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Sir Dave Brailsford and Egan Bernal also share thoughts on parcours unveiled in Paris today

Chris Froome has described the course of next year’s Tour de France as “brutal” with the four-time winner present at today’s launch in Paris alongside defending champion and Team Ineos colleague Egan Bernal.

Froome is targeting a record-equalling fifth yellow jersey next year and is back in training after the horrific injuries in a crash at the Criterium du Dauphiné in June which put him out of this year’s race.

> Tour de France 2020 route unveiled in Paris (+ flythrough video)

“I think it’s a brutal Tour – probably the hardest I’ve seen in the last five or six years at least,” he said.

“It’s great – there’s loads of opportunities for the general classification to play out and the main rivals to go head to head.

“That’s what everyone wants to see. It should be an exciting race, hopefully it will live up the same standards as this year.

“There are no guarantees in sport but I’m going to give it everything I have.”

Speaking of his rehabilitation, he said: “Given the injuries I’ve had I think a lot of people would have seen that a career-ending crash.

“I’m extremely lucky to be where I am now. I just see it as such an amazing opportunity that I have ahead of me now, that we’re even talking about coming back for next year.”

He added: “I’m back on the bike now, so I get out for two or three hours most days. But I’m working quite hard off the bike as well, trying to improve the strength of the leg that I broke.”

Team principal Sir Dave Brailsford was also at the Palais du Congres today as the route was revealed, and said he doesn’t think he has ever seen Froome “so hungry and determined.”

Brailsford said: “He’s back training now and doing efforts.

“He’s still got a long way to go, there’s no doubt about that, but he’s on the right track.

“He’s very motivated and psychologically he’s very motivated, which is the most important thing. He hasn’t let it knock him back – if anything it’s made him stronger.”

He added: “He knows the roads down in Nice and that first block very well."

There is just one time trial stage in next year's race and it comes at La Planche des Belles Filles, where in 2012 Froome took his maiden Tour de France stage win on his way to finishing runner-up to Sky team-mate Sir Bradley Wiggins.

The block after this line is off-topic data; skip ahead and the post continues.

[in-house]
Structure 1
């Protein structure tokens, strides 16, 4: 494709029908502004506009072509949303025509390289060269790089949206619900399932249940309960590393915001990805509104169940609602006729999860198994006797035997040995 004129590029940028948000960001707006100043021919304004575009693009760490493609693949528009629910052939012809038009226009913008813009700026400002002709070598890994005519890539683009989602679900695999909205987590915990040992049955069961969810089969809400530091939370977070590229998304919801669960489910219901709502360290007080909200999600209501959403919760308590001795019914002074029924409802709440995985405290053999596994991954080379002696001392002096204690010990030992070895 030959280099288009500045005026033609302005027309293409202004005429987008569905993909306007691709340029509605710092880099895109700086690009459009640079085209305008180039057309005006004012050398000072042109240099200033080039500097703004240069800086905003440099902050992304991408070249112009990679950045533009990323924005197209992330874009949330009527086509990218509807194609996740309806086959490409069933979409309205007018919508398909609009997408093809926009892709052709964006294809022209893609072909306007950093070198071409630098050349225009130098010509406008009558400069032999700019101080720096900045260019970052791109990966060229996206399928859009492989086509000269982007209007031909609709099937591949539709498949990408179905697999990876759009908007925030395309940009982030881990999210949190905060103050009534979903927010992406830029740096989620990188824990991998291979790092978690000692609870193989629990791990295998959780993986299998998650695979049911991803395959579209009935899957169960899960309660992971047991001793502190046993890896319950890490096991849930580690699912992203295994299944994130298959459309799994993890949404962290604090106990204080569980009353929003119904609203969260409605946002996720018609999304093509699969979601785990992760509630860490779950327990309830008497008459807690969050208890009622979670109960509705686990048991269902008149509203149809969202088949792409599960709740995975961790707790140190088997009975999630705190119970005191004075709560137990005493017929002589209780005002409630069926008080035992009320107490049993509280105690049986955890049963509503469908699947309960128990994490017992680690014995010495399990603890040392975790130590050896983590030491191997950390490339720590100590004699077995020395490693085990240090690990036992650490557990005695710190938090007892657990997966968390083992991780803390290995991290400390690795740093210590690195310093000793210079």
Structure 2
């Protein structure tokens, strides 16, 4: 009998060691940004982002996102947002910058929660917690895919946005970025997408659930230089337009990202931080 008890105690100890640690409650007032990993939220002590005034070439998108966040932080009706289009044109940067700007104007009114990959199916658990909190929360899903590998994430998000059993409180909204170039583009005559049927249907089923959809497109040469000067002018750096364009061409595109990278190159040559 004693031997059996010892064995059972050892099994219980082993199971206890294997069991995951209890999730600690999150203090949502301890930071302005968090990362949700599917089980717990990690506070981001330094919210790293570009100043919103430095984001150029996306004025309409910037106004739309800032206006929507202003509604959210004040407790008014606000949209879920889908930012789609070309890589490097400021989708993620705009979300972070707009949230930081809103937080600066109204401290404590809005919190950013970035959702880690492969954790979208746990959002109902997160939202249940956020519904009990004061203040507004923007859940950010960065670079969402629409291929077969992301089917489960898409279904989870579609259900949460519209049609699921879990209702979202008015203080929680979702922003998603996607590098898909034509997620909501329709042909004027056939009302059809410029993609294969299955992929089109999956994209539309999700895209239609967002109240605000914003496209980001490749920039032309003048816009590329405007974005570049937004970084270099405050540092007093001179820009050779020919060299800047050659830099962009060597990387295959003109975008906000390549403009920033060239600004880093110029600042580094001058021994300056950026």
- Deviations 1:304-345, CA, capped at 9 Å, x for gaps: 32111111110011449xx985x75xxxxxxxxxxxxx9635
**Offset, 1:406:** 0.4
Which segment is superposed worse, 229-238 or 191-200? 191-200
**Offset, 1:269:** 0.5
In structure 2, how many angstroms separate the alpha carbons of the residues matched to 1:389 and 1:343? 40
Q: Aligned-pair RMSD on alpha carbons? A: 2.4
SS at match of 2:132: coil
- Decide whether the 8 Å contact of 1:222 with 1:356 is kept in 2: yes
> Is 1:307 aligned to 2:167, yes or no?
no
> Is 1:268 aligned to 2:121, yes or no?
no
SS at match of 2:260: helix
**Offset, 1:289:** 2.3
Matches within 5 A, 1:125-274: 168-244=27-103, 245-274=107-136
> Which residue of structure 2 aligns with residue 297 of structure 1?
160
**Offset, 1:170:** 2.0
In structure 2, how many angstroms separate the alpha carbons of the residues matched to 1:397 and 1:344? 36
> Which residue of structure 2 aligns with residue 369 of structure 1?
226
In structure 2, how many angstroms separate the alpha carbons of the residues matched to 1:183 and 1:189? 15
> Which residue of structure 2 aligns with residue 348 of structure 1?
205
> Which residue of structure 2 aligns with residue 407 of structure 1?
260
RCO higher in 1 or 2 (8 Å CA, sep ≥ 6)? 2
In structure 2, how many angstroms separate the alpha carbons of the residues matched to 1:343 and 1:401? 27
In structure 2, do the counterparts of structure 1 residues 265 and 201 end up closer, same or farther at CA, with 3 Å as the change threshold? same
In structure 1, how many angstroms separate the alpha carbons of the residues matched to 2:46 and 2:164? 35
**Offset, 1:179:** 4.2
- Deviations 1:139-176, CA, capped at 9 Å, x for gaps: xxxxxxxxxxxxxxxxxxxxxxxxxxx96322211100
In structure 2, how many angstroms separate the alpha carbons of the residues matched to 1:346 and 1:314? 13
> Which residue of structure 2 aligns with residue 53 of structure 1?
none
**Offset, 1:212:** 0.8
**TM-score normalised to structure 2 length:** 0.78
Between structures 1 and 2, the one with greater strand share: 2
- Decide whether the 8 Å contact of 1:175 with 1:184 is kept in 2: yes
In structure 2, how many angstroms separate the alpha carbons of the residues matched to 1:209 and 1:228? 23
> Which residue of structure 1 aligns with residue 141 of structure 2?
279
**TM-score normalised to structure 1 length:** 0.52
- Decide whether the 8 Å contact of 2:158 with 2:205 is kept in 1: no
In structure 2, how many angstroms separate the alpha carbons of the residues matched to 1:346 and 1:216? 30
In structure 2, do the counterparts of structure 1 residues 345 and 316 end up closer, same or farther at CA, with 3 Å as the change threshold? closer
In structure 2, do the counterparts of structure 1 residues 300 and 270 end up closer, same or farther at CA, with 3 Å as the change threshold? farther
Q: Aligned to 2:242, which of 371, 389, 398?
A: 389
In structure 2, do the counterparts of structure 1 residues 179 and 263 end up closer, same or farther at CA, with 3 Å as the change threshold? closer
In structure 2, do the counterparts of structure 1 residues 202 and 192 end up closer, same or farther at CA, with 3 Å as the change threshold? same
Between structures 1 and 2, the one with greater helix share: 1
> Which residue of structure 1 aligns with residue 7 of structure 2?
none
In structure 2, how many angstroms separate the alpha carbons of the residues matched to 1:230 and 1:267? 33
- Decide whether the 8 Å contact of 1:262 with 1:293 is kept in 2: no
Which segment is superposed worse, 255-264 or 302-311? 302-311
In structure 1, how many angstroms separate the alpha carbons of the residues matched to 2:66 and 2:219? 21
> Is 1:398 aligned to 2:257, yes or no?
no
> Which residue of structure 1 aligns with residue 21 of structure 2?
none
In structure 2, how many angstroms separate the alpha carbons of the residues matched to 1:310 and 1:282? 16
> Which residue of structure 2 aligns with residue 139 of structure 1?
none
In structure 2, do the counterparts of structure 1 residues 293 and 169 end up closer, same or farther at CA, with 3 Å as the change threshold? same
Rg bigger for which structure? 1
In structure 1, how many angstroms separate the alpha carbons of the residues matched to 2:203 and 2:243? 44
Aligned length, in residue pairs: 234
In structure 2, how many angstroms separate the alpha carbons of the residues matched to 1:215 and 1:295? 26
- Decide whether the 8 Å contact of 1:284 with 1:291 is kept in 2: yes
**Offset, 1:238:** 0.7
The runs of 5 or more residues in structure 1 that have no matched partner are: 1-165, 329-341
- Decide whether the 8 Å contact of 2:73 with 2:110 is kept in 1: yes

“It’s a hard, mountainous race," Brailsford said. "People are going to be really tired at the end of this race, so that final mountain time trial will be important.

“Somebody like Chris and the guys will be looking at that thinking ‘I can win that’.”

“It will be a really hard Tour de France,” said Bernal. It will be different without a team time trial and just one time trial, with an uphill finish.

“I think it will be a different Tour, one that people will really like, as I think there will be a lot of attacks in the final climbs.”

He added: “For me it’s a little bit better this time trial than if it was a flat one. I think specialists will also be good in this time trail – they know how to do a good time trial even if it is uphill. It’s still a time trial, but for me it’s better like this.”

2018 winner Geraint Thomas has indicated he may target the Giro d’Italia next year, and Team Ineos have also signed reigning champion Richard Carapaz.

The route of that race will be revealed in the coming days and Brailsford said: “Now we’ll take it away as always, look at the Giro course, look at [the] Vuelta as well.

“We’ll look at all of it and do a big analysis. We’ll look at our tactics, plans and who is going to do what throughout the season.

“It’s an enjoyable part of the job – it’s like a puzzle. By the middle to the end of November we’ll have our plan.”

Simon has been news editor at road.cc since 2009, reporting on 10 editions and counting of pro cycling’s biggest races such as the Tour de France, stories on issues including infrastructure and campaigning, and interviewing some of the biggest names in cycling. A law and languages graduate, published translator and former retail analyst, his background has proved invaluable in reporting on issues as diverse as cycling-related court cases, anti-doping investigations, and the bike industry. He splits his time between London and Cambridge, and loves taking his miniature schnauzer Elodie on adventures in the basket of her Elephant Bike.